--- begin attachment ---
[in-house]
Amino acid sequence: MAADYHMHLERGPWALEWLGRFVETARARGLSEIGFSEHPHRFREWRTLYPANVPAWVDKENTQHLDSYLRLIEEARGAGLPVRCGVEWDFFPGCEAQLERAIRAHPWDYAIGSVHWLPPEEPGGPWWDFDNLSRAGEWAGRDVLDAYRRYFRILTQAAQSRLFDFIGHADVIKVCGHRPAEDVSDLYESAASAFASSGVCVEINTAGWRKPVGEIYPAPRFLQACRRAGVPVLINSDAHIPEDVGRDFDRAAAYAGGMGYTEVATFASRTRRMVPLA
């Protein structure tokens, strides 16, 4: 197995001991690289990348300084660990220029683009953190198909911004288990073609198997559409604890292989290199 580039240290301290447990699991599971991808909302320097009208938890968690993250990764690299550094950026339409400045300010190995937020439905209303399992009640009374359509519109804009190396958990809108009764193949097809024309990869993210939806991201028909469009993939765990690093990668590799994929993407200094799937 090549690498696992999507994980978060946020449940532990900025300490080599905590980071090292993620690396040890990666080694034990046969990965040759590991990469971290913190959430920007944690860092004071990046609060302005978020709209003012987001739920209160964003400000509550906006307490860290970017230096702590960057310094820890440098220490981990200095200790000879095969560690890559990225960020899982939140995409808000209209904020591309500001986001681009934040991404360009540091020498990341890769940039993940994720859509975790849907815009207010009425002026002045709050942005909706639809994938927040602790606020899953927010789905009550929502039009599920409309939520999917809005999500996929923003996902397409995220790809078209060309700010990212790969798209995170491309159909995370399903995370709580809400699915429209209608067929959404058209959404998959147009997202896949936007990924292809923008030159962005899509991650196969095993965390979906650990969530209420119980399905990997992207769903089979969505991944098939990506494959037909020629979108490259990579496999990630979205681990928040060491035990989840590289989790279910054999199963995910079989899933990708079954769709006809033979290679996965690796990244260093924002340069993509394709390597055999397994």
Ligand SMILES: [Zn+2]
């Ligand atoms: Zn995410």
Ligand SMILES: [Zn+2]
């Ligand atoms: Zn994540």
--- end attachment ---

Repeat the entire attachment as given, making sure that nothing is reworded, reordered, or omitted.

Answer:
[in-house]
Amino acid sequence: MAADYHMHLERGPWALEWLGRFVETARARGLSEIGFSEHPHRFREWRTLYPANVPAWVDKENTQHLDSYLRLIEEARGAGLPVRCGVEWDFFPGCEAQLERAIRAHPWDYAIGSVHWLPPEEPGGPWWDFDNLSRAGEWAGRDVLDAYRRYFRILTQAAQSRLFDFIGHADVIKVCGHRPAEDVSDLYESAASAFASSGVCVEINTAGWRKPVGEIYPAPRFLQACRRAGVPVLINSDAHIPEDVGRDFDRAAAYAGGMGYTEVATFASRTRRMVPLA
């Protein structure tokens, strides 16, 4: 197995001991690289990348300084660990220029683009953190198909911004288990073609198997559409604890292989290199 580039240290301290447990699991599971991808909302320097009208938890968690993250990764690299550094950026339409400045300010190995937020439905209303399992009640009374359509519109804009190396958990809108009764193949097809024309990869993210939806991201028909469009993939765990690093990668590799994929993407200094799937 090549690498696992999507994980978060946020449940532990900025300490080599905590980071090292993620690396040890990666080694034990046969990965040759590991990469971290913190959430920007944690860092004071990046609060302005978020709209003012987001739920209160964003400000509550906006307490860290970017230096702590960057310094820890440098220490981990200095200790000879095969560690890559990225960020899982939140995409808000209209904020591309500001986001681009934040991404360009540091020498990341890769940039993940994720859509975790849907815009207010009425002026002045709050942005909706639809994938927040602790606020899953927010789905009550929502039009599920409309939520999917809005999500996929923003996902397409995220790809078209060309700010990212790969798209995170491309159909995370399903995370709580809400699915429209209608067929959404058209959404998959147009997202896949936007990924292809923008030159962005899509991650196969095993965390979906650990969530209420119980399905990997992207769903089979969505991944098939990506494959037909020629979108490259990579496999990630979205681990928040060491035990989840590289989790279910054999199963995910079989899933990708079954769709006809033979290679996965690796990244260093924002340069993509394709390597055999397994």
Ligand SMILES: [Zn+2]
């Ligand atoms: Zn995410």
Ligand SMILES: [Zn+2]
């Ligand atoms: Zn994540």